Joaquin P. Roces was known to most “street parliamentarians” as Chino Roces, “Tatang,”a casually dressed, kindly gentleman with white hair and mustache.
He may not have looked it, but he was one of the most influential personalities in the country before martial law was declared by President Marcos, being the owner and publisher of the Philippines’ most widely-circulated and respected publications at the time. These included the Manila Times, Daily Mirror, Taliba, and the Weekly Women’s Magazine. He also owned a radio station and a television station.
Although he was born into wealth and social prominence, Roces disdained the privileges and comforts of power. He had a soft spot for the underprivileged, and used his media organization to organize successful efforts to mobilize citizen assistance for those in need. During the killer ﬂoods that devastated Central Luzon in June and August 1972, he had food supplies airdropped to the survivors. When a big earthquake totally destroyed the Ruby Tower building in Manila, Roces was among the first to arrive at the scene to offer help. Earlier, during the 1965 eruption of Taal Volcano, he spearheaded a relief drive for the stricken victims.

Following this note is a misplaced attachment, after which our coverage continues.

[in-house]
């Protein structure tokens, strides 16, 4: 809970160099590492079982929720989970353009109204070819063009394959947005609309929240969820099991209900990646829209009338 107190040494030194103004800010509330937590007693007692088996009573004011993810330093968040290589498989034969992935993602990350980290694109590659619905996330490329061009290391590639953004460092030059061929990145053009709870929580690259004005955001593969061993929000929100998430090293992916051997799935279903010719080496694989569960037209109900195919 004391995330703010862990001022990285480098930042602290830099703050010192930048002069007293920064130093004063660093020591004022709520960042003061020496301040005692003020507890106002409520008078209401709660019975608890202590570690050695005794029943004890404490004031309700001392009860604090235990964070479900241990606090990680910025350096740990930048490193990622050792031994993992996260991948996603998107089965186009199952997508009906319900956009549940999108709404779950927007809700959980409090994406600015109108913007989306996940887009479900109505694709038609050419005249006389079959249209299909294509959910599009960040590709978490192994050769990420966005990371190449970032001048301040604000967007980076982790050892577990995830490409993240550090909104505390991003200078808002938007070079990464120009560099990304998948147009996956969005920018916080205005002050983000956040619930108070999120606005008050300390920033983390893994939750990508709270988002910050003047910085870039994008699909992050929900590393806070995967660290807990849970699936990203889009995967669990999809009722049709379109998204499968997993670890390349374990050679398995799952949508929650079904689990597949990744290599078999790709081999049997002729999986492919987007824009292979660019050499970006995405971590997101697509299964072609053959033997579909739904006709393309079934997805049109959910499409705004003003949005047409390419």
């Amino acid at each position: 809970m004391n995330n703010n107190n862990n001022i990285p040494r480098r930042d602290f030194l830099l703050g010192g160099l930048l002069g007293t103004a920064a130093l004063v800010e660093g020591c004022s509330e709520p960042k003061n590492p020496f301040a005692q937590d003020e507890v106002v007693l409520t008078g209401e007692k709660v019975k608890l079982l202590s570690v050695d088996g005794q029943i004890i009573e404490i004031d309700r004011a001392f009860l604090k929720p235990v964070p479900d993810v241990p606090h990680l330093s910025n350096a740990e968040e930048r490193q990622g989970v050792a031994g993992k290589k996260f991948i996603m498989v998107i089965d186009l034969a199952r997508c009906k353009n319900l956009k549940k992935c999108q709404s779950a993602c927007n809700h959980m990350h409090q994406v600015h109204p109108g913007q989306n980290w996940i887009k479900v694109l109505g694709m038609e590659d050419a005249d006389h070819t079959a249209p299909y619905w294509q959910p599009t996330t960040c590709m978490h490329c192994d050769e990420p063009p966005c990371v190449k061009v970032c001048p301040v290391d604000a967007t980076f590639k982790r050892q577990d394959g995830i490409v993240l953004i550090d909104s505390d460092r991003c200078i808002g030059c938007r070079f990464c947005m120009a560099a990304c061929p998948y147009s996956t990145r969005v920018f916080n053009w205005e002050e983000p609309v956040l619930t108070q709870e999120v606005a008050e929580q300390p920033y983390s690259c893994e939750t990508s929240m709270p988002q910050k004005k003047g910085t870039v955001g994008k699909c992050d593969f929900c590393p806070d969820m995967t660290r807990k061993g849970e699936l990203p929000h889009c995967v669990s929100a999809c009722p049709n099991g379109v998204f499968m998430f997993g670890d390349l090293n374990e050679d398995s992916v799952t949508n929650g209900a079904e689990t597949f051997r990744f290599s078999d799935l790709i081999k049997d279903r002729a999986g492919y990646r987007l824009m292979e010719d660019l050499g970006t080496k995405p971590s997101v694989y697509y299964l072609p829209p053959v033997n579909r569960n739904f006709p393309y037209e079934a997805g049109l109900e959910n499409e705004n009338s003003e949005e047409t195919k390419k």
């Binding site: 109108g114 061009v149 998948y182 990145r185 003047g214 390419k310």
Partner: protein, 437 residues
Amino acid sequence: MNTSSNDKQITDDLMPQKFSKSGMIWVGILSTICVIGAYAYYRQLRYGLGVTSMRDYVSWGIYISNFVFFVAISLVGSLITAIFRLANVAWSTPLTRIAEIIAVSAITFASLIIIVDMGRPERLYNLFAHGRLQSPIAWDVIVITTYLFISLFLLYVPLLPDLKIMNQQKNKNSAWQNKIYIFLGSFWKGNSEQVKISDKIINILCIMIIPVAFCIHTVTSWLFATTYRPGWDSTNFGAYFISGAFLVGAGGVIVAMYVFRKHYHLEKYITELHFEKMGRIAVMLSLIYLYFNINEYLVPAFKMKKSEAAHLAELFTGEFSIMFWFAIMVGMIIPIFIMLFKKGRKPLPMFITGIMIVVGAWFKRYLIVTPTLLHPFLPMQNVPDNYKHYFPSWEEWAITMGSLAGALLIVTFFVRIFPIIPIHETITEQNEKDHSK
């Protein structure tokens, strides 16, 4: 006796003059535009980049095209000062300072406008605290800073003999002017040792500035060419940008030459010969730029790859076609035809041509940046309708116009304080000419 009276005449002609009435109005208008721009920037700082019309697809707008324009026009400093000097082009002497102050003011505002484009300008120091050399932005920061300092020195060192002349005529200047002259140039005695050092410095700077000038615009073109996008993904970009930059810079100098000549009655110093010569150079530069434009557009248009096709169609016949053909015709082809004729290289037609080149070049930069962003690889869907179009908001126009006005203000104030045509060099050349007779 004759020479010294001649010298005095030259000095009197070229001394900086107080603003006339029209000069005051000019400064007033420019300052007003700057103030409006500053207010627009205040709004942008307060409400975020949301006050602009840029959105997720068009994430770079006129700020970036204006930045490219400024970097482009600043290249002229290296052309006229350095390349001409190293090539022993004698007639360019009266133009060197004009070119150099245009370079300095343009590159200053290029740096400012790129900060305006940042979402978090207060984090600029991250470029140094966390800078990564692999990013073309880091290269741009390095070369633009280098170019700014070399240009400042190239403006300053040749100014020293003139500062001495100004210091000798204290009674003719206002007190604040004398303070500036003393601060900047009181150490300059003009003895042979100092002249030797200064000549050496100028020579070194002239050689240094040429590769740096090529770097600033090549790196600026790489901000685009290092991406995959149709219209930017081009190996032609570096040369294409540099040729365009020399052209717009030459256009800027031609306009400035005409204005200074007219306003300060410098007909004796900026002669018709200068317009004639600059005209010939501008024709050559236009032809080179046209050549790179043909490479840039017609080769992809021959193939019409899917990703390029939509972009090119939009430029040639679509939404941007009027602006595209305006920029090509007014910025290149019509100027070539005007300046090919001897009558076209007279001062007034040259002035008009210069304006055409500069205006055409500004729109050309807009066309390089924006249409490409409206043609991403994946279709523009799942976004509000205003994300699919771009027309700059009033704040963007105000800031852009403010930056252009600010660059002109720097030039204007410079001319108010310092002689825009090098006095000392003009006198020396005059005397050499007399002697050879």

When Marcos declared martial law in 1972, Roces was among the first he ordered arrested and detained. He would be jailed two more times after that, but he refused to give up. Despite his advanced age and failing health, he was in the forefront of many protest rallies, facing water cannons, truncheons and tear gas bombs.
During the snap presidential elections in 1986, the widow of assassinated Senator Benigno Aquino Jr. was reluctant to run against the dictator. Roces took it upon himself to convince Cory Aquino to run for president, by pledging to collect one million signatures for her candidacy.
After a civilian-military revolt in 1986 finally deposed Marcos and installed a new democratic government, Roces went back to publishing, but the old Manila Times was gone and he himself was not in good health any more. What’s more, the new government had shortcomings that to him were glaringly obvious.
When President Corazon Aquino conferred on him the medal of the Philippine Legion of Honor in 1988, Chino Roces decided it would be better to be frank with her and offer his sincere appraisal of what needed to be corrected in government. It was an act of good citizenship.
Roces died of cancer in September of that year. He was 75.
PARENTS Alejandro Roces and Antonia Pardo
SPOUSE / CHILDREN Pacita Carvajal / 3
EDUCATION Secondary: Ateneo de Manila
Post-secondary: England, U.K.